- Sector – You may choose to recognize nonprofit leaders or look to those in business or government who have contributed to a designated field of interest. You could consider a business leader whose contributions to local nonprofits enhance the entire community. Or you may select a local government leader whose contributions to environmental causes throughout your region have sparked long-term, lasting, positive changes.
- How do we move forward from recognition to building the program?
Once you have made some of the big decisions—who will you recognize and what the benefits are—you will want to define ways to further the program so that it grows from being not just a recognition program but a true leadership development program. The following six building blocks will provide a continuum from saying “thank you” to developing greater leaders.
- Recognize the leader – Your first step is choosing the leader you want to recognize, pinpointing the specific reasons you have selected this person, and actually acknowledging the person. You may have a ceremony, you may send a press release to your local media, or you may contact other foundations and nonprofits to share your news. Whatever you do, you must acknowledge the recipient to the right audiences.
- Provide money or time – Often, award recipients receive a gift in the form of a financial reward or sabbatical. While this approach isn’t feasible for every foundation, it will elevate your program and increase its effectiveness. Alternatively, you could provide a smaller cash award or grant to an organization of the honoree’s choosing, coupled with some of the suggestions that follow.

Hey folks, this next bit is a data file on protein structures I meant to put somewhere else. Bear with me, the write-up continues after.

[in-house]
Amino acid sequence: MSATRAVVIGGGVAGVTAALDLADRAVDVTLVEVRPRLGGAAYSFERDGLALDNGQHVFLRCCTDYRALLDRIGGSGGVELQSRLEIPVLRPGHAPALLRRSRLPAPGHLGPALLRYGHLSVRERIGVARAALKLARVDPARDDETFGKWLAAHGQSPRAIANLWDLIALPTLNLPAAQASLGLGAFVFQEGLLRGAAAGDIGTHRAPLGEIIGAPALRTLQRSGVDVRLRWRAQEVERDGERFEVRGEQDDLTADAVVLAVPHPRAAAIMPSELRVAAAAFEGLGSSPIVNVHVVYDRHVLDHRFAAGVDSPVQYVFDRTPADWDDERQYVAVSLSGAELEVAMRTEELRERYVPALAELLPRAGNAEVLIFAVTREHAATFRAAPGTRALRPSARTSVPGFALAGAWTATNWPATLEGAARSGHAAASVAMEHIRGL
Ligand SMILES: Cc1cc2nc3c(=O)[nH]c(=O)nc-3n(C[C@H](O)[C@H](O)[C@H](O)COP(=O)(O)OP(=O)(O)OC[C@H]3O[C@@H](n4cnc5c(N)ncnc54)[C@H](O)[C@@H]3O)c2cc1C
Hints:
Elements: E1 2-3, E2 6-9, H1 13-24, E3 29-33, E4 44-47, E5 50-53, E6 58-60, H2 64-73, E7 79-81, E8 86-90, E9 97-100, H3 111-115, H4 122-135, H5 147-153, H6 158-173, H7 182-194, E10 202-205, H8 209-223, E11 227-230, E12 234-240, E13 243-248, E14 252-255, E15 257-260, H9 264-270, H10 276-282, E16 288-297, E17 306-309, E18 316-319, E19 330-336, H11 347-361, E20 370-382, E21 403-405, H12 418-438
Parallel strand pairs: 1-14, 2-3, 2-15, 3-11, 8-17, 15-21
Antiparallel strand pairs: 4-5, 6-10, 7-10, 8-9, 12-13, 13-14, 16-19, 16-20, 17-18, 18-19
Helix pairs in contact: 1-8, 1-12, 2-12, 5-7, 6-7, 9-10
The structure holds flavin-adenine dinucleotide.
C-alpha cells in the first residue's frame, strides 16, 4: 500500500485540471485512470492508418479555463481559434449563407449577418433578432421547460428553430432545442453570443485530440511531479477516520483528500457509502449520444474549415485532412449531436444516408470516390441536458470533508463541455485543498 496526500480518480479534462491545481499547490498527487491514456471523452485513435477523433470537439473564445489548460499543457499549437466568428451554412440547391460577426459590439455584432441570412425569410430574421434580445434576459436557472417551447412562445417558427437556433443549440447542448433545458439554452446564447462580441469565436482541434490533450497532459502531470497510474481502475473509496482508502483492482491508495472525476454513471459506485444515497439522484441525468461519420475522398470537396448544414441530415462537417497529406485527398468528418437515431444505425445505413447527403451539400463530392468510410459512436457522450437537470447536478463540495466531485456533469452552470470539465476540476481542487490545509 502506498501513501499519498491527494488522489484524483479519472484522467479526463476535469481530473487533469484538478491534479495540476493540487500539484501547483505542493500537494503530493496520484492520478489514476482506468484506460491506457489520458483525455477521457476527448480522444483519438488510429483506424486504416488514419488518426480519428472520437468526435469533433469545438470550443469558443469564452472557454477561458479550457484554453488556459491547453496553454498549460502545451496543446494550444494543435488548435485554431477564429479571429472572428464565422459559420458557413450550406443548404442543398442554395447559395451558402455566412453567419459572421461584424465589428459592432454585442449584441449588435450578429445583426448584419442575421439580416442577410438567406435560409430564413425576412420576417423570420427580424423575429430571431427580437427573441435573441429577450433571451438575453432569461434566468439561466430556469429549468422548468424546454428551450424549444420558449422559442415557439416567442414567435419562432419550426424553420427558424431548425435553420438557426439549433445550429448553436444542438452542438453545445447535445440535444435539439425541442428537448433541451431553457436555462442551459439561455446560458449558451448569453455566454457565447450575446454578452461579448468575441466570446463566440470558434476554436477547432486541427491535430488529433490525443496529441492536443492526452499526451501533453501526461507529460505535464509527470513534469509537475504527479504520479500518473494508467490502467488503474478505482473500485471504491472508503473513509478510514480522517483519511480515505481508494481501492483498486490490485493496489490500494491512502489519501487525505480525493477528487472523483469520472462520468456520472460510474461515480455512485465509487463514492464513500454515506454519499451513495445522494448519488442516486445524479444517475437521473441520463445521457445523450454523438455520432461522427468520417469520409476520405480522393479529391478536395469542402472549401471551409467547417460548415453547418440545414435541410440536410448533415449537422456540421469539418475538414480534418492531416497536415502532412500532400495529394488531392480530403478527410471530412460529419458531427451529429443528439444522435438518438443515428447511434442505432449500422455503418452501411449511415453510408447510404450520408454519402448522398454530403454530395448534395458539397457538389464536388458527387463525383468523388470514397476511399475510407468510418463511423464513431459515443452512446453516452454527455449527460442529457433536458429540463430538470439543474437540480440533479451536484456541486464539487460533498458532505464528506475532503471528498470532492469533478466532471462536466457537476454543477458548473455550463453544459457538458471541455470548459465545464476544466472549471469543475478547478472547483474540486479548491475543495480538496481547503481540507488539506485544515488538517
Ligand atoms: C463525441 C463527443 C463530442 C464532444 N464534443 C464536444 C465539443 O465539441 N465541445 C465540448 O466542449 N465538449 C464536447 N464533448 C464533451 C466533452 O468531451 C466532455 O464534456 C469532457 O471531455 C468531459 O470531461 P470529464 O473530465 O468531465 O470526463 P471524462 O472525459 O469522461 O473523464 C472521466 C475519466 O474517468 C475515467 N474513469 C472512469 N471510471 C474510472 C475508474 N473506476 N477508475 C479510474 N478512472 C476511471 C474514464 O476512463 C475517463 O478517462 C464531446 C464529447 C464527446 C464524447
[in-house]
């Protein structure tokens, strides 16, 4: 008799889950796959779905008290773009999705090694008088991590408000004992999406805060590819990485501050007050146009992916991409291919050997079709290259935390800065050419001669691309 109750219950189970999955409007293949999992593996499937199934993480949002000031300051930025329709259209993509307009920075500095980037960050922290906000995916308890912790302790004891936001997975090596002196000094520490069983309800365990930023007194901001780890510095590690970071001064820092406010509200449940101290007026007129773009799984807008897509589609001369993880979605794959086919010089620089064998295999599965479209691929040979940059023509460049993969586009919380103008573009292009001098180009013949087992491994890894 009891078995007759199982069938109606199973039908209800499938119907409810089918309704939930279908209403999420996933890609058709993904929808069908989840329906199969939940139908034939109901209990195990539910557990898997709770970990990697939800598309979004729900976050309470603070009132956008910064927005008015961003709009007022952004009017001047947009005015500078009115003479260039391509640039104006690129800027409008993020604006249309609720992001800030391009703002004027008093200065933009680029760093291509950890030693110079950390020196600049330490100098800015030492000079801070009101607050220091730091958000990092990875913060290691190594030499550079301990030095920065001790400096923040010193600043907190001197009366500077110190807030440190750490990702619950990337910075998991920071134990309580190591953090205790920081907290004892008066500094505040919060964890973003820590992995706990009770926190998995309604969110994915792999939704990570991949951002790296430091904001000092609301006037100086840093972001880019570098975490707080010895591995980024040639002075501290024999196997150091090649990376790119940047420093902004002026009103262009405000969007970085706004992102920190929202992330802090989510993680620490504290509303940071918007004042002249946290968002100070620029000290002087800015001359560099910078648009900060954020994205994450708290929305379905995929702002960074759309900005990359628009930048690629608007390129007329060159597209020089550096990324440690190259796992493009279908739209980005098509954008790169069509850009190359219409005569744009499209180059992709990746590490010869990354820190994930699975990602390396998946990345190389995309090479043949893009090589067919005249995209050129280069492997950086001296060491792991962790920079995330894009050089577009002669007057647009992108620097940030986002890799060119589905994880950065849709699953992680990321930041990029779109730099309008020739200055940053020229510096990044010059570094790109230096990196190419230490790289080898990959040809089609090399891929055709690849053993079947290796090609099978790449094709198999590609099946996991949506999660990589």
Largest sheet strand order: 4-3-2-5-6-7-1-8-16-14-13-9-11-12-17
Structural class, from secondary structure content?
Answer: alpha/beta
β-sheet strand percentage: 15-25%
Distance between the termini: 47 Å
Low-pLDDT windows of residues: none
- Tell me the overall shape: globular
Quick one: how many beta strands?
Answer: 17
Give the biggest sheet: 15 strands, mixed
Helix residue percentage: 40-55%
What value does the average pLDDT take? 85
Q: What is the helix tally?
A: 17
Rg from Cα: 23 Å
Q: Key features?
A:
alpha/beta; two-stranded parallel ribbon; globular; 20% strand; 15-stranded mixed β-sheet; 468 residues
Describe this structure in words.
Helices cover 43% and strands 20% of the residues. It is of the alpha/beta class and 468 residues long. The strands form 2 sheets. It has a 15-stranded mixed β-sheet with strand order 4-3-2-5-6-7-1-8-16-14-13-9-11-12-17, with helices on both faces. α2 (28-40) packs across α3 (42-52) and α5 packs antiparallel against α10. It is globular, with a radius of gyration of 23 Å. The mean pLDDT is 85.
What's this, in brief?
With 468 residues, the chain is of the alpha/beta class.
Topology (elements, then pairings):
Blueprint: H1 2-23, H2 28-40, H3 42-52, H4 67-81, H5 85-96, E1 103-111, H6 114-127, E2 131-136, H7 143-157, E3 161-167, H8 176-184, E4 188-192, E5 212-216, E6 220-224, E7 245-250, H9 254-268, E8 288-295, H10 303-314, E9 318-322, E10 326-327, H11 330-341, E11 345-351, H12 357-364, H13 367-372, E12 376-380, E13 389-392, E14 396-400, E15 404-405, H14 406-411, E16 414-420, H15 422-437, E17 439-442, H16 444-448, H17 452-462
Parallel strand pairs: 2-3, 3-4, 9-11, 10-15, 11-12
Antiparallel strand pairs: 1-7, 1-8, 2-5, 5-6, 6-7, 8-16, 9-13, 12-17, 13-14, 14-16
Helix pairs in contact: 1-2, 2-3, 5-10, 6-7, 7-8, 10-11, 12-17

- Organize a convening – Bring together current and past award recipients to let them network and share ideas. Whether you have speakers, hold a dinner, or choose some other format, the goal of this convening is to let these individuals share with and learn from one another.
- Provide access to decision makers – One of the most valuable resources leaders need is exposure to key decision makers. Provide access to business experts, nonprofit and foundation leaders, policy makers, and others so the recipients can further build their networks and their reputations among these groups.
- Offer continued training – Provide workshops and training sessions that are consistent with these leaders’ needs. Whether these sessions are in the areas of advocacy, fund-raising, organizational development, leadership skills, or other categories, professional development and continued training is always a must.
- Plan for additional support – When you first create your leadership recognition program, you may not know what else your leaders need to thrive. Keep an open mind and listen to any other ideas they raise. Mentors and peer networks may be supports they want; access to online resources or libraries may fill other needs.
Recognizing and honoring the leaders with whom you work can be valuable and strategic for your foundation. It shows a commitment to those who are among the biggest champions of the issues you care about, and provides incentive for engagement. If you are considering a recognition program, answer these questions now so that you can bring your strongest recommendations to your team when you are ready to get started.
© 2014 Kris Putnam-Walkerly. All rights reserved. Permission granted to excerpt or reprint with attribution. Kris Putnam-Walkerly, MSW, is president of Putnam Consulting Group, Inc., a national
philanthropy consulting firm. She is also the author of the Philanthropy411 blog. She can be reached at 800-598-2102800-598-2102 or firstname.lastname@example.org. Her website is http://putnam-consulting.com.Download PDF (111 KB)